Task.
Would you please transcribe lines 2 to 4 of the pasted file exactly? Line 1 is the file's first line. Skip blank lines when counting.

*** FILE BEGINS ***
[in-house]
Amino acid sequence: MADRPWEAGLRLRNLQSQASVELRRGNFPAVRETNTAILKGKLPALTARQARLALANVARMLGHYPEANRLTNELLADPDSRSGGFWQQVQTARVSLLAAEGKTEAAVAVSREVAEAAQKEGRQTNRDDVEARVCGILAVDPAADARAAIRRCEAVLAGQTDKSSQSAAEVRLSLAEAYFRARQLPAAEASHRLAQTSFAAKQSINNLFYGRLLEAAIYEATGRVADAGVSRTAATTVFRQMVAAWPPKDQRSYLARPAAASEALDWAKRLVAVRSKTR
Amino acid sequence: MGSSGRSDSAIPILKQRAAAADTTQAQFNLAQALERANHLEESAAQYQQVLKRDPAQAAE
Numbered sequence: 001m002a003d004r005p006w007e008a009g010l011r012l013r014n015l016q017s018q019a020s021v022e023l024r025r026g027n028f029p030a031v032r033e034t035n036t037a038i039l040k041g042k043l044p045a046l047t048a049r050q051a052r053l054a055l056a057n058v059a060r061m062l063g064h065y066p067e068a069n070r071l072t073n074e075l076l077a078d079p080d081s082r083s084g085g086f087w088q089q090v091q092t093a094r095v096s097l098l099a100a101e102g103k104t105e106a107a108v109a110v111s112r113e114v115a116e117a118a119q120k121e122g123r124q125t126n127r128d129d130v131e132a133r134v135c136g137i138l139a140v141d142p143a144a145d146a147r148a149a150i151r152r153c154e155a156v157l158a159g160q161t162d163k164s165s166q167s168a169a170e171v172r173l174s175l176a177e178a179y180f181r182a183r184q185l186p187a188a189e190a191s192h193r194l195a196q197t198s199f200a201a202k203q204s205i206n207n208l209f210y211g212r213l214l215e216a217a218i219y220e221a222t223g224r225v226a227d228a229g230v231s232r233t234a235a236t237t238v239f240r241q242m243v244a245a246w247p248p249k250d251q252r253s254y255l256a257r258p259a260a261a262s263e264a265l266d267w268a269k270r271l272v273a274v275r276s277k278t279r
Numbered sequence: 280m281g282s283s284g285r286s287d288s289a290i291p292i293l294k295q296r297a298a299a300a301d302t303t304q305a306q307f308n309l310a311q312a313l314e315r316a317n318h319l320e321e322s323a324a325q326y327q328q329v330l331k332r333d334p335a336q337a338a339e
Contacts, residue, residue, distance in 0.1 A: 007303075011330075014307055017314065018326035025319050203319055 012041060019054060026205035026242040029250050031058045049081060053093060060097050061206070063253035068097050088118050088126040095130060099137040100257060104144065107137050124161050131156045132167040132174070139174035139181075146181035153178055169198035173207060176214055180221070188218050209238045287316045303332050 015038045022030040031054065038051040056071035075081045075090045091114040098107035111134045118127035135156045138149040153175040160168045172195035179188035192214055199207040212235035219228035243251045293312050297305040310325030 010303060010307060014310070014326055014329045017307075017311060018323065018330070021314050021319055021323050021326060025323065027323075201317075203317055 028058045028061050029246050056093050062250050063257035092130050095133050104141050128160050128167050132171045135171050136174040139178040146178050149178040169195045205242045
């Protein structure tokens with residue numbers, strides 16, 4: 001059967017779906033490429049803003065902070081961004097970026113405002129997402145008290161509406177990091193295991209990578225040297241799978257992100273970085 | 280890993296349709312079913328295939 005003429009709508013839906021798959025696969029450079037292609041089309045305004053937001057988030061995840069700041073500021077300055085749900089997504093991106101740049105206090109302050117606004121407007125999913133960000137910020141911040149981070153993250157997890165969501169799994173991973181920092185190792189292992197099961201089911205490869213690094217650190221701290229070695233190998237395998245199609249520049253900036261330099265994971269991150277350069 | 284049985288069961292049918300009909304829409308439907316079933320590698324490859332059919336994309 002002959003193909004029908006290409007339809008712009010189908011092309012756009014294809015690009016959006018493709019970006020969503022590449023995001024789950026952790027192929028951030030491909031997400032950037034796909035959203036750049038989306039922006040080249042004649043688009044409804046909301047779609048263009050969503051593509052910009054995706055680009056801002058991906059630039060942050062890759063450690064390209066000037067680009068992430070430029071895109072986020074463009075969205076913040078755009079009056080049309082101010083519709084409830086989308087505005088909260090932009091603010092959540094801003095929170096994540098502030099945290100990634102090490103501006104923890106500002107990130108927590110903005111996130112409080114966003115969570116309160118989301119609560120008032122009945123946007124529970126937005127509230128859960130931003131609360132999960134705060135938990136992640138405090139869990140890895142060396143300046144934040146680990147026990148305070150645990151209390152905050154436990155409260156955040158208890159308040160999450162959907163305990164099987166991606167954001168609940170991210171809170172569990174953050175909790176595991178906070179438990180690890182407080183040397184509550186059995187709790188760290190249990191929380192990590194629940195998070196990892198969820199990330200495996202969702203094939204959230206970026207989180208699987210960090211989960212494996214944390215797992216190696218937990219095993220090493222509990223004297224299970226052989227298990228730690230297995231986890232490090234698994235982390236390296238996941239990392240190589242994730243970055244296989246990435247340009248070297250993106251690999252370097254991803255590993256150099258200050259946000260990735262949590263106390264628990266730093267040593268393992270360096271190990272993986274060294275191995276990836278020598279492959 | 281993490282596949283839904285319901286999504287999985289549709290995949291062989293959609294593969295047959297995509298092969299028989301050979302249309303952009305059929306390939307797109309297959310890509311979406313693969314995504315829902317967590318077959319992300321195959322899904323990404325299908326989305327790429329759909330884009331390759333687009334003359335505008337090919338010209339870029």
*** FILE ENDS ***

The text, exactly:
Amino acid sequence: MADRPWEAGLRLRNLQSQASVELRRGNFPAVRETNTAILKGKLPALTARQARLALANVARMLGHYPEANRLTNELLADPDSRSGGFWQQVQTARVSLLAAEGKTEAAVAVSREVAEAAQKEGRQTNRDDVEARVCGILAVDPAADARAAIRRCEAVLAGQTDKSSQSAAEVRLSLAEAYFRARQLPAAEASHRLAQTSFAAKQSINNLFYGRLLEAAIYEATGRVADAGVSRTAATTVFRQMVAAWPPKDQRSYLARPAAASEALDWAKRLVAVRSKTR
Amino acid sequence: MGSSGRSDSAIPILKQRAAAADTTQAQFNLAQALERANHLEESAAQYQQVLKRDPAQAAE
Numbered sequence: 001m002a003d004r005p006w007e008a009g010l011r012l013r014n015l016q017s018q019a020s021v022e023l024r025r026g027n028f029p030a031v032r033e034t035n036t037a038i039l040k041g042k043l044p045a046l047t048a049r050q051a052r053l054a055l056a057n058v059a060r061m062l063g064h065y066p067e068a069n070r071l072t073n074e075l076l077a078d079p080d081s082r083s084g085g086f087w088q089q090v091q092t093a094r095v096s097l098l099a100a101e102g103k104t105e106a107a108v109a110v111s112r113e114v115a116e117a118a119q120k121e122g123r124q125t126n127r128d129d130v131e132a133r134v135c136g137i138l139a140v141d142p143a144a145d146a147r148a149a150i151r152r153c154e155a156v157l158a159g160q161t162d163k164s165s166q167s168a169a170e171v172r173l174s175l176a177e178a179y180f181r182a183r184q185l186p187a188a189e190a191s192h193r194l195a196q197t198s199f200a201a202k203q204s205i206n207n208l209f210y211g212r213l214l215e216a217a218i219y220e221a222t223g224r225v226a227d228a229g230v231s232r233t234a235a236t237t238v239f240r241q242m243v244a245a246w247p248p249k250d251q252r253s254y255l256a257r258p259a260a261a262s263e264a265l266d267w268a269k270r271l272v273a274v275r276s277k278t279r